When you’re buying a new car, one of the first things you look for is fuel efficiency. Car manufacturers know this, which is why they like to stress in their commercials how their vehicles are best in class for fuel efficiency or get the most mileage per gallon. After all, buying a car is a big deal and you want to make sure you’re making the right decision, and buying one that’s affordable. The same applies to buying a home.

What many people don’t realize is that buying a home means more than just meeting the monthly mortgage payments. In fact, outside of the home loan, it’s energy that accounts for the highest cost of home ownership. Knowing a home’s potential energy costs could strongly influence your decision to buy or not, which is why you should ask for a home’s Home Energy Rating System (HERS) Index Score.

Created by the Residential Energy Services Network (RESNET), the HERS Index is the industry standard for measuring a home’s energy efficiency. It is also the nationally recognized system for inspecting, testing, and calculating a home’s energy performance. A lower HERS Index Score denotes a more energy efficient home. And that means greater savings for homeowners. A home built to the 2004 International Energy Conservation Code scores 100 on the HERS Index, while a typical resale home in the United States will have a score of 130.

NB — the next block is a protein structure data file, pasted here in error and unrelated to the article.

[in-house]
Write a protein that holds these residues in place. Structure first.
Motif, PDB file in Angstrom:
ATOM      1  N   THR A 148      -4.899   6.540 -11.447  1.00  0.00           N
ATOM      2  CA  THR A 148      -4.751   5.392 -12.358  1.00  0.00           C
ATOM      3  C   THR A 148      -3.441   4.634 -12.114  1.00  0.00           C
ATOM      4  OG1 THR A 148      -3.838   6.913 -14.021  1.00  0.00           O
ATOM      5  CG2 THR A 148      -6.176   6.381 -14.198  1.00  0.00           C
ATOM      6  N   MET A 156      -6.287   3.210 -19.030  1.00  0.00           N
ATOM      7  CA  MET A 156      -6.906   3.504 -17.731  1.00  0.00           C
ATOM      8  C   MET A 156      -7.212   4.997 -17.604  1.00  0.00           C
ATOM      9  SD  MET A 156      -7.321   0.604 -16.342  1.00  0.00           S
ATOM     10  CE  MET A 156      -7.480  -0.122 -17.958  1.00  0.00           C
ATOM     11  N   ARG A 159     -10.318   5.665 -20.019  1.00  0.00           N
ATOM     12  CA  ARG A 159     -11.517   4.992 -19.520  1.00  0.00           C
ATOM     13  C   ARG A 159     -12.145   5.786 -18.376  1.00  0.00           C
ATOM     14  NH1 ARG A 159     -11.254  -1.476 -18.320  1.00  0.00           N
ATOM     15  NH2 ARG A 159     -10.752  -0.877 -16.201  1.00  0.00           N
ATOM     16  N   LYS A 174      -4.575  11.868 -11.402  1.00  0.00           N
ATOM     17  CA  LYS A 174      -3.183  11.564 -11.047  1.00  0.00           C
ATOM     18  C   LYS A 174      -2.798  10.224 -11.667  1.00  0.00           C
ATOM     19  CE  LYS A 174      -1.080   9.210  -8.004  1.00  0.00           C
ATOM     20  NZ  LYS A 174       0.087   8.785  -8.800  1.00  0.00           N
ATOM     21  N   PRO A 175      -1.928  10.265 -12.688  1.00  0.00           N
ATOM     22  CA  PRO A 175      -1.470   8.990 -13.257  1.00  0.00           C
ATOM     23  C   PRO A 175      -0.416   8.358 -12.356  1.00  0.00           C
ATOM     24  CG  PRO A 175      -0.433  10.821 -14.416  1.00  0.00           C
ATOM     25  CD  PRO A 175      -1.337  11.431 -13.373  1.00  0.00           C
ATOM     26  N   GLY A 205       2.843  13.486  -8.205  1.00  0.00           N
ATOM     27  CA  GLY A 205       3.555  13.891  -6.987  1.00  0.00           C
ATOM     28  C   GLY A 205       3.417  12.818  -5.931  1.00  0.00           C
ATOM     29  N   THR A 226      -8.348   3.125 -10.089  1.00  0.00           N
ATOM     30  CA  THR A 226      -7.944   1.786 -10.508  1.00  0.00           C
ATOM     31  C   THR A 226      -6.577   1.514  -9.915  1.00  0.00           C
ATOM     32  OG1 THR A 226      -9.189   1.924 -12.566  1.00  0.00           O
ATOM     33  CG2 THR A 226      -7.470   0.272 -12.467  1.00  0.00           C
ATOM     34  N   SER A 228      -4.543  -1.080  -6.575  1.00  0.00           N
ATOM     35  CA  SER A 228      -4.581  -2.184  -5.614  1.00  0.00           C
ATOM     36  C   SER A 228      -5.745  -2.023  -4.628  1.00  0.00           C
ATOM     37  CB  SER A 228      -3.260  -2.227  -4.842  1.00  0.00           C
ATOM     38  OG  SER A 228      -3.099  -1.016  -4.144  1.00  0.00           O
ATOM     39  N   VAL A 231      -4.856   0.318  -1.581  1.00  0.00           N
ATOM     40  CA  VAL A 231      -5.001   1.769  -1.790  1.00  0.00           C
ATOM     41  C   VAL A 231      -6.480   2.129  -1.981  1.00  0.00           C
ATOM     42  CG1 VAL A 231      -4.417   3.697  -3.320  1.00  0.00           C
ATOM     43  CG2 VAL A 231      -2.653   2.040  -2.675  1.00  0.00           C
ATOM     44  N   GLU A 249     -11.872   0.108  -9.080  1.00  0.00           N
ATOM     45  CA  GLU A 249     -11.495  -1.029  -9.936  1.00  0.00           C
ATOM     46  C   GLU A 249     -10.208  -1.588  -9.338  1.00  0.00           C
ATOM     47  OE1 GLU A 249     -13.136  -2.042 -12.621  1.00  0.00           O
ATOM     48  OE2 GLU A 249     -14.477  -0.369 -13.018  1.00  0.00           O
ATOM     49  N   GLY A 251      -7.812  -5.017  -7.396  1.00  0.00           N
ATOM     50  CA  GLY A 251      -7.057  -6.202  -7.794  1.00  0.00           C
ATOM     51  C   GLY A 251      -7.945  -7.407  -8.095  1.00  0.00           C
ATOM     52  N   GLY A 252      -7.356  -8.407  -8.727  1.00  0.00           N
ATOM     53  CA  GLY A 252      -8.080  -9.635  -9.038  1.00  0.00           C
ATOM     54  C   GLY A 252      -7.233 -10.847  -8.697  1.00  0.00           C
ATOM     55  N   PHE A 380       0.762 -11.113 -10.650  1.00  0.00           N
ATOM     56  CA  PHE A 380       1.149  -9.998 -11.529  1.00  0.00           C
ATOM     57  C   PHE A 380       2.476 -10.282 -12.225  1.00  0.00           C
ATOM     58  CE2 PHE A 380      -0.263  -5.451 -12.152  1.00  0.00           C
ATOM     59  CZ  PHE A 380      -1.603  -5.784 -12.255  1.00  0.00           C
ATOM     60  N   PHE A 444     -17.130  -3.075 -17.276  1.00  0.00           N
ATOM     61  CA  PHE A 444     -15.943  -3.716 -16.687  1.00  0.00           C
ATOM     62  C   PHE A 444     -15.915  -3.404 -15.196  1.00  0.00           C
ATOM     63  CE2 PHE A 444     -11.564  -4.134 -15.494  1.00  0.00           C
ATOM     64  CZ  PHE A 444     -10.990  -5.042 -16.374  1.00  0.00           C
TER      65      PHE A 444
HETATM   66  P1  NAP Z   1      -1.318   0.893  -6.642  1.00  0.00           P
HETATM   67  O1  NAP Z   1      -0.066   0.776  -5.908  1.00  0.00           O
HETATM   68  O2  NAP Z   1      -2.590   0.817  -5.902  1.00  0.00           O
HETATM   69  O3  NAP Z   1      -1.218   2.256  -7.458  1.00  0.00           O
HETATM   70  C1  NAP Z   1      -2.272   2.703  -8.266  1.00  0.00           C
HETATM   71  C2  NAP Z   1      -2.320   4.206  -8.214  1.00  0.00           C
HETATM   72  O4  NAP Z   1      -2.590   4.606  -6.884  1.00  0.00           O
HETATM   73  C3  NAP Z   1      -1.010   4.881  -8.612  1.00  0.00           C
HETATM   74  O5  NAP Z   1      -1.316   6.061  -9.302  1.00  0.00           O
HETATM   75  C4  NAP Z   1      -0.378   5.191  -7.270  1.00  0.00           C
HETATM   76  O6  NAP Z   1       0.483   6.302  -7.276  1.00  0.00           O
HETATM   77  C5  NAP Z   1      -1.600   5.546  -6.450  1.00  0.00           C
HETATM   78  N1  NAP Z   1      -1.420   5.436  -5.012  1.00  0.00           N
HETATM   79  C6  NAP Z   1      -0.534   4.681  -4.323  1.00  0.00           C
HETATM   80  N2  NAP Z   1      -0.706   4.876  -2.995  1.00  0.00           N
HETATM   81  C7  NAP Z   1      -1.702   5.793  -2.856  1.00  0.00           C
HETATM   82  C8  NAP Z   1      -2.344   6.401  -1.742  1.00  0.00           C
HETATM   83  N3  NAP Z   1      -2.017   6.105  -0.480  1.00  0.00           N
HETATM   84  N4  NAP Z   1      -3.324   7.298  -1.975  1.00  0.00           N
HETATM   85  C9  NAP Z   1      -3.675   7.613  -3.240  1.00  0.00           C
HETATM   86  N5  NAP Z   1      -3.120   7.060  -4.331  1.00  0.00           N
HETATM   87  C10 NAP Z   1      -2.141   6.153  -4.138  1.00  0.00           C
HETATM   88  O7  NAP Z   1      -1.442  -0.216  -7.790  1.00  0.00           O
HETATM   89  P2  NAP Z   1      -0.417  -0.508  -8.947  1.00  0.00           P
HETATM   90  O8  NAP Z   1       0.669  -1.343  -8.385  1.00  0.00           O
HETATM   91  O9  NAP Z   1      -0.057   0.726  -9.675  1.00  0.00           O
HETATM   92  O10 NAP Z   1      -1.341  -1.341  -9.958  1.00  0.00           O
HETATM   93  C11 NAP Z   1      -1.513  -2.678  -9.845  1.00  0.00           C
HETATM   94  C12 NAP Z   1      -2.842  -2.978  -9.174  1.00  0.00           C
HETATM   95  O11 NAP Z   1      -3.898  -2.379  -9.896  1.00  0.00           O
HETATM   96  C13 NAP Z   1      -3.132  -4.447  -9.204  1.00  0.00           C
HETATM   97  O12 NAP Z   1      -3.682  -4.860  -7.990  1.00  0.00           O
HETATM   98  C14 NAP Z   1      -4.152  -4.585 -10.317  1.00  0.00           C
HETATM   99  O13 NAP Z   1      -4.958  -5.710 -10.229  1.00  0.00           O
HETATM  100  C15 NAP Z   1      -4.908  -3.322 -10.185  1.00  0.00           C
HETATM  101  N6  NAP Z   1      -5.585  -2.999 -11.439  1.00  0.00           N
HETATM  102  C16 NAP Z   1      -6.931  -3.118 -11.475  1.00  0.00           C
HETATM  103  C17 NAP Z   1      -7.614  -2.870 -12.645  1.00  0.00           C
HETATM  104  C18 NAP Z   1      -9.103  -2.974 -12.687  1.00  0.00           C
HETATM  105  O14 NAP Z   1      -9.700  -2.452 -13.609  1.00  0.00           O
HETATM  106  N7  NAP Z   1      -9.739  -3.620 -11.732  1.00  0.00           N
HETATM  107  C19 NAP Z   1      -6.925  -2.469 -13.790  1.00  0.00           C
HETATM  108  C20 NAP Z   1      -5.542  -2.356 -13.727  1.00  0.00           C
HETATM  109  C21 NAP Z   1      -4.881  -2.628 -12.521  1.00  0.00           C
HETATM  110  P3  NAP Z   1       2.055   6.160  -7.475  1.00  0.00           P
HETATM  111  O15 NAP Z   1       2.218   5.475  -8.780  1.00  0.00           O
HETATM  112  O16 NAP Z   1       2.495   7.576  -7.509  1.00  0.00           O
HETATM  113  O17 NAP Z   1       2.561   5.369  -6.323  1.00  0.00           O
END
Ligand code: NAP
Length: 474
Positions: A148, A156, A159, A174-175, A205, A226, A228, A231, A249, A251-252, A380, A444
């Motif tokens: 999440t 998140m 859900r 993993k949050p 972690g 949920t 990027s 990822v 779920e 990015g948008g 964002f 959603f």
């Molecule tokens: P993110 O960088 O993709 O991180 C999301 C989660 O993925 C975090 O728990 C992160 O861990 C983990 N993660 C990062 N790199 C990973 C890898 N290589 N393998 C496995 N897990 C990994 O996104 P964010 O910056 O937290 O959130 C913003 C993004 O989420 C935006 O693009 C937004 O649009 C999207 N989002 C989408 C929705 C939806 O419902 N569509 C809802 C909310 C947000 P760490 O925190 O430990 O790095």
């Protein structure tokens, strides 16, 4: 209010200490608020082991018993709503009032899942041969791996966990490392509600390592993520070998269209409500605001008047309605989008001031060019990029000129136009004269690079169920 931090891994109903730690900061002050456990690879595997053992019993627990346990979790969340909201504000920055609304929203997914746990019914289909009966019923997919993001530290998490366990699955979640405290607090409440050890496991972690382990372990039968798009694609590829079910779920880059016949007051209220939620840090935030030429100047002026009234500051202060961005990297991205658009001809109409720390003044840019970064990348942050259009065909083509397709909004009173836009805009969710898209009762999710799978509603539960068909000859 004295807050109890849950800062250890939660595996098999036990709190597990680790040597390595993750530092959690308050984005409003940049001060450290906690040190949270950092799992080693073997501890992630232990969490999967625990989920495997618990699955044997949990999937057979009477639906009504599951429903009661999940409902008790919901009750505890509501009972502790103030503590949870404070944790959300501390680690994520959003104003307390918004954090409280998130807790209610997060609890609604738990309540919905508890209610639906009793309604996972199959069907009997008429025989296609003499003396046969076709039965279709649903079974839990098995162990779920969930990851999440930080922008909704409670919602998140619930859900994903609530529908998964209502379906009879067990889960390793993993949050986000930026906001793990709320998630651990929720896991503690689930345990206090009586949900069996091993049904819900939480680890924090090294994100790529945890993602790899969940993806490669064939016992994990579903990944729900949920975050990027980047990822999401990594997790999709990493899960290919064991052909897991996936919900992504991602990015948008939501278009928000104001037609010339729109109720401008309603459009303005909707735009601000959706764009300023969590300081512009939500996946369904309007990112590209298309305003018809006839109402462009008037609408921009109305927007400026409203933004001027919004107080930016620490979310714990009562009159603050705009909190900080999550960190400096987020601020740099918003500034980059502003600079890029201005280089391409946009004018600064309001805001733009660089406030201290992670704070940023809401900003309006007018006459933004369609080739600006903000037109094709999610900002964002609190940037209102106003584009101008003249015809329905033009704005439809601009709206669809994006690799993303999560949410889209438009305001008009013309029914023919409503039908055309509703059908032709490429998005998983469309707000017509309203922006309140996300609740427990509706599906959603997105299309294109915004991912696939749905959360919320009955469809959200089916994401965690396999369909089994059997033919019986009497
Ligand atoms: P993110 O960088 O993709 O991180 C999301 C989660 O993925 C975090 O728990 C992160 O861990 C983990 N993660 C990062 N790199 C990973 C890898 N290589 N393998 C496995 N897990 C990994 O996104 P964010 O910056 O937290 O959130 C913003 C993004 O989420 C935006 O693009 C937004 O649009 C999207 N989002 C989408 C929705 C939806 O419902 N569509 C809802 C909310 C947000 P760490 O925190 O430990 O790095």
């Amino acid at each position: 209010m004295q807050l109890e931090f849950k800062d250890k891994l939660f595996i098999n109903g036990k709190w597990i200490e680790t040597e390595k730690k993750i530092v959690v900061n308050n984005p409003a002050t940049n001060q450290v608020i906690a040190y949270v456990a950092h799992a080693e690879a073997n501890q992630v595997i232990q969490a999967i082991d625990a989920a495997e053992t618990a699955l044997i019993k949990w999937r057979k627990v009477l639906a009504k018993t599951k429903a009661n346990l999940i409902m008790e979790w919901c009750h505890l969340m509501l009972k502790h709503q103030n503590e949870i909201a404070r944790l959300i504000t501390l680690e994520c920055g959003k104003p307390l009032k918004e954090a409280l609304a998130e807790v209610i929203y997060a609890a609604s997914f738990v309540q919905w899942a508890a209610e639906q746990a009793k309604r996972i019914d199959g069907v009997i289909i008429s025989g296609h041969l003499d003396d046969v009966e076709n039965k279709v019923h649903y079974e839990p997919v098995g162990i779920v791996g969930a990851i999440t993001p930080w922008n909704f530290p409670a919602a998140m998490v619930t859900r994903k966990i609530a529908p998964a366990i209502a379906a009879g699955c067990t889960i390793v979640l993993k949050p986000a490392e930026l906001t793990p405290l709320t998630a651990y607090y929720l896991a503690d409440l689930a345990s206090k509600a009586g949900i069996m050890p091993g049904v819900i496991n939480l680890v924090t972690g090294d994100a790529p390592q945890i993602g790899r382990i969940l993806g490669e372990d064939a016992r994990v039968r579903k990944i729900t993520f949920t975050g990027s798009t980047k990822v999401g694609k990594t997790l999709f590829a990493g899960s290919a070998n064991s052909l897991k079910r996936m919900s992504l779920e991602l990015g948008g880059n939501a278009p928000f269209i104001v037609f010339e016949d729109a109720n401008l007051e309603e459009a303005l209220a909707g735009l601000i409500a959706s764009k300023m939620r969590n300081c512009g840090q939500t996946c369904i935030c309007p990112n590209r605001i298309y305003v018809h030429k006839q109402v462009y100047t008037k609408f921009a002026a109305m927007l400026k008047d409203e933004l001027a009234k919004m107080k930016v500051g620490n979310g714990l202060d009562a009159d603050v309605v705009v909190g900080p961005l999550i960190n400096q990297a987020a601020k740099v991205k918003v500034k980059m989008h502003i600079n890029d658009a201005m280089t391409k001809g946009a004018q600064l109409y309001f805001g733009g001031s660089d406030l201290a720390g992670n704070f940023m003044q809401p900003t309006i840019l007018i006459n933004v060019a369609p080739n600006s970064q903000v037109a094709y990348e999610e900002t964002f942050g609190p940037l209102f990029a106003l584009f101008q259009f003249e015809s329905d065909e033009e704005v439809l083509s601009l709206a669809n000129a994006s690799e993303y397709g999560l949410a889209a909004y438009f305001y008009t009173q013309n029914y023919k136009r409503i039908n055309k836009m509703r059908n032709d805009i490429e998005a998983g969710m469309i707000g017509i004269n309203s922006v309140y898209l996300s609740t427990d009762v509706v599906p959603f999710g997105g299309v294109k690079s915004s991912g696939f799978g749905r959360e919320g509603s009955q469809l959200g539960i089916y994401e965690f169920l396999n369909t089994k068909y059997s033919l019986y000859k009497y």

Builders across the United States have understood that homebuyers are concerned about high energy costs. As a result, more of them are opting for home energy ratings so that they can use the resulting HERS Index scores to sell their homes. Homeowners, too, are getting HERS Index scores for their homes so that when they sell, they can command better prices through lower HERS Index scores.

The growing importance of HERS Index scores to homeowners is reflected in the fact that to date over 1.5 million homes have HERS Index scores, and 200,000 U.S. homes are rated annually for energy efficiency and issued with HERS Index scores. Furthermore, a recent study conducted by the University of North Carolina’s Center for Community Capital and the Institute for Market Transformation (IMT) found:

  • Default risks are 32% lower for energy efficient homes.
  • Homebuyers financing energy efficient homes were a quarter less likely to prepay their mortgages.

Smart homebuyers understand the value of the HERS Index Score; if you’re in the market for a new home, make sure you’re a smart homebuyer too!

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